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Significance of the Inyambo Cows in Rwanda

Hello! I’m Oluwalanu and welcome to my blog. Today we are talking about the inyambo in Rwanda!

The Inyambo, as they are called in Rwanda, are a special breed of cows with large horns across East Africa. The Inyambo are very important to the Rwandese culture and serve several purposes.

After my tour of the King’s palace, the milk woman, and beer man’s houses, we walked to the ranch at the back to see the inyambo. Before coming here, I had seen pictures of the cows online so I was very excited to actually see them in person. Approaching the entrance of the ranch, I was amazed by the size of their horns. I don’t think pictures even do them justice. I stood at the gate of the ranch and just looked at them for a few minutes before my guide and taxi driver were urged me to come over. "They won't harm you" they said. I didn't trust them lol. Those horns were so huge. I eventually went closer and warmed up, the longer I was there.

There was a man there serving as a cattle rearer, who traditionally cares for the cows. I believe the museum was trying to give an authentic experience for guests. The cattle rearer wore his traditional clothing, umushanana while he sang and stroked the fur of the cows with hay and sand. He told me I could touch the cows but I was still scared that they would charge at me. Eventually, I touched them, I even touched the horns. There was a point, I was standing beside one of the cows and it turned its head and almost hit me. I dodged and ran 😂 . The cows didn't even pay attention to my scared-y pants behaviour. But seriously, I am pretty sure those cows can lift a human being with those horns.

After a bit of research, I discovered the inyambo are also referred to as Rwanda royal cows and were bred specially for royal engagements during ancient times. The cows are given a special salt-like liquid called amazi ahiye to ensure they have calves of the same quality. In ancient times, the inyambo were trained to parade by their herdsmen in the traditional practices of amazina y’inka and amahamba. The cows were also decorated in royal expensive jewelry as you can see in the pictures below. These cows would traditionally live in the King's palace and be milked.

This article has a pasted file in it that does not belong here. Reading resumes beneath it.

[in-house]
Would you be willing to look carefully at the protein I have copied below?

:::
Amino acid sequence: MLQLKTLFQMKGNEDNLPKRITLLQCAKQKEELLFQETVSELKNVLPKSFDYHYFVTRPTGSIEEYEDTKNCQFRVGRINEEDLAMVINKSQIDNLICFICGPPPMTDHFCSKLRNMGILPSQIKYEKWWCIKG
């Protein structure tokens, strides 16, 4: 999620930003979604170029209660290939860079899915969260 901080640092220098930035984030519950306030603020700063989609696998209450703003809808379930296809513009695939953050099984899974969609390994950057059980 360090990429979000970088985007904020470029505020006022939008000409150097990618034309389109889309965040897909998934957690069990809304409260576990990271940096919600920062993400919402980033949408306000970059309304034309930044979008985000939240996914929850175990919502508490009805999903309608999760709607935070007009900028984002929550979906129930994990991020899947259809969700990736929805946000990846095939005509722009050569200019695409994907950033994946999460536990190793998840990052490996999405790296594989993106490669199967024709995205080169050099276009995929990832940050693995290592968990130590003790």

After visiting the adult inyambo, we went to see the babies. There was one there that was born just two days before I arrived and I remembering thinking it was still so big. The fur of the younger ones was even finer and shinier than the older cows.

At the end of the day's activities, I sent some of these pictures to my siblings and my sister replied, “lmao why is this animal accessorising?”. I replied to her saying, “we are Africans, even our cows have jewelry” 😂.

Hope you enjoyed today’s post. Hope to have you back here again tomorrow!




Hi, thanks for stopping by!

I am a writer and illustrator from Lagos, Nigeria.


In 2015, I started a company called IheartLagos with the aim of showcasing Lagos culture in a unique and fun way.


That journey took me down an exciting path, discovering and learning so much about Nigeria.

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come to you.

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